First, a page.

Site description

This study was performed at Kakrapar Gujarat Site where two PHWRs (220 MWe each), are operating since the year 1994 and two units of PHWR's (700 MWe) are under the advanced stage of construction. This site is situated on the southern bank of Moticher Lake, which is about 85 km away from the Arabian Sea toward the East of Surat, Gujarat state, India (latitude – 21° 14' N and longitude – 73° 22' E).

Atmospheric air moisture and water sample collection

Air moisture samples were collected using the moisture condensation method from discharge points at different distances such as 10m (BD1), 20m (BD2), 30m (BD3), 50m (BD4), 100m (BD5), and 500m (Intake). At the same time, water samples were also collected from the discharge point. The ambient met parameters were also measured.

Tritium analysis in atmospheric air moisture and water sample

Using a known volume of condensate moisture/water sample and Packard make Ultima Gold scintillation cocktail, the sample is prepared. 3H activity was measured in Tri-Carb 3170 LSA (Parso and Cook, 1994).[7] Based on the count rate, 3H activity was calculated. The background CPM of Tri-Carb 3170 LSA was 2.0 cpm, and the counting efficiency for 3H was about 22%. The minimum detectable levels obtained for the air moisture sample and water samples were 0.20 Bq/m3 or 10 Bq/l, respectively.

Methodology of tritium evaporation model

The evaporation of 3H from water to air is governed by a gradient of concentration at the water–atmosphere interface and such exchanges may be modeled by Fick's diffusion relationship (Sheppard et al., 2006).[2] When water 3H activity is relatively higher than the atmospheric 3H activity, then tritiated water will diffuse from the water to the atmosphere to some extent. The gradient of concentration corresponds to the activity at the lower side of the boundary layer and the 3H activity at the upper side of the boundary layer.

The flux (Bq/m2/s) may be expressed as

ΨHTO = Kexch (HTOwater _ HTOvapour) (1)

Where ΨHTO is the flux (Bq/m2/s), Kexch is exchange velocity (m/s), HTOwater is tritium activity in water (Bq/m3), HTOvapor is the tritium activity in air (Bq/m3).

Tritium exchange velocity

3H exchange velocity was measured by performing the experiment in an environmental chamber. In this study, a known volume of tritiated water was evaporated. A  Petri dish More Details containing 100 ml of 3H free water was kept inside the chamber. At regular time intervals, the air moisture sample and the water kept in a petri dish were simultaneously collected and analyzed for 3H. The time interval was from 1 h to 24 h.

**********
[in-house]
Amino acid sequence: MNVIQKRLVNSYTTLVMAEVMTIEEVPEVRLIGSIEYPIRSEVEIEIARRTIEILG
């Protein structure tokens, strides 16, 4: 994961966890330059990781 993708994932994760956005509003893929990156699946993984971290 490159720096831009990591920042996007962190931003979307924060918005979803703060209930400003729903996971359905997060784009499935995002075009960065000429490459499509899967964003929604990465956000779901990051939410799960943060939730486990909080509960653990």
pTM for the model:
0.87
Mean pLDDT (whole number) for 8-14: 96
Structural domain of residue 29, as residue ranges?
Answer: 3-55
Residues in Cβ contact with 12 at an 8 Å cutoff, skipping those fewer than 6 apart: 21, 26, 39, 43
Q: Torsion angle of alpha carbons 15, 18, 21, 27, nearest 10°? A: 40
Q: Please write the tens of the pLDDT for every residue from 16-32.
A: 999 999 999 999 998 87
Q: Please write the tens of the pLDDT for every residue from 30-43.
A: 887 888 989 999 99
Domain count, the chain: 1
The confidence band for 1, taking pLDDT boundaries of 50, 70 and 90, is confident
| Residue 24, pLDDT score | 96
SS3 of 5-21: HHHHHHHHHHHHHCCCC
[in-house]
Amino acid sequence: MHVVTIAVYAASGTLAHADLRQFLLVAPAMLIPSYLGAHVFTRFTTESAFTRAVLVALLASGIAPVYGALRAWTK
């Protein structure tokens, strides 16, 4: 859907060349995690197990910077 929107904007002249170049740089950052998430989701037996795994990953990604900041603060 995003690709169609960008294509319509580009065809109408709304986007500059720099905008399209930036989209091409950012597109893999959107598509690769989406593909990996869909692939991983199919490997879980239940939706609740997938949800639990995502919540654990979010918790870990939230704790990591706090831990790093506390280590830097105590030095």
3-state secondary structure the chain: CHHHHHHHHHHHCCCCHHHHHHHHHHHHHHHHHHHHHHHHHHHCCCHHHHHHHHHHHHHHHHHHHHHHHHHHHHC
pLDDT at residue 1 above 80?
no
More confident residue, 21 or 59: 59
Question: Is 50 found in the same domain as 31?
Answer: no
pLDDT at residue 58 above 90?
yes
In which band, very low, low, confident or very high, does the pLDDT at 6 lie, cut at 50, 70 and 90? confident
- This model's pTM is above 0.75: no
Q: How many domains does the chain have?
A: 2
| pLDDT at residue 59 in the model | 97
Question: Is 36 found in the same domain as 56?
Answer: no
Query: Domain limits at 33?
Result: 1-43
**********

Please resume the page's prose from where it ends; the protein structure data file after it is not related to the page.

Results and Discussion Top


Prediction of tritium activity in air moisture samples

Meteorological data were collected from the tower-mounted system installed at Environmental Survey Laboratory (ESL), Kakrapar Gujarat Site. Gaseous effluents have radioactive elements that are released through a stack of height 100 m. Various meteorological parameters, water temperature, and discharge point flow rate are measured and tabulated in [Table 1]. In predicting the dispersion of released materials, site-specific joint frequency data for met parameters were used. The air 3H activity (Bq/m3) [Table 2] in the atmosphere was predicted using a double Gaussian atmospheric plume dispersion model, site-specific meteorological conditions, and the release rate (Bq/s). The site-specific dilution factor for the discharge point was observed to be 1.0E-08 s/m3. The predicted 3H activity near the discharge point due to the atmospheric release through the stack was found to be varying between 0.10 and 0.15 Bq/m3.
Table 1: Meteorological conditions during each sampling campaign

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Table 2: Tritium activity in air moisture and water in different sampling occasions

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Tritium concentration in air moisture sample collected near the discharge point

Atmospheric air moisture samples were collected near the discharge point on seven different occasions. Out of the seven occasions, at one occasion, there was no aquatic release. 3H activity in air moisture measured near the discharge point was found to be in the range of ≤0.20–19.8 Bq/m3. 3H activity was observed to be in the decreasing trend with respect to distance from discharge point. Predicted 3H activity in the air moisture sample was below the detection limit of Tri-Carb 3170 LSA (0.2 Bq/m3) throughout all seven occasions. The observed air 3H activity is compared with the predicted atmospheric activity which was computed through Gaussian Plume Model (GPM). The factors affecting the observed 3H activity near the discharge point are atmospheric 3H release, aquatic 3H release, various met conditions, and releases from land and biota.

Tritium concentration in water sample collected from the discharge point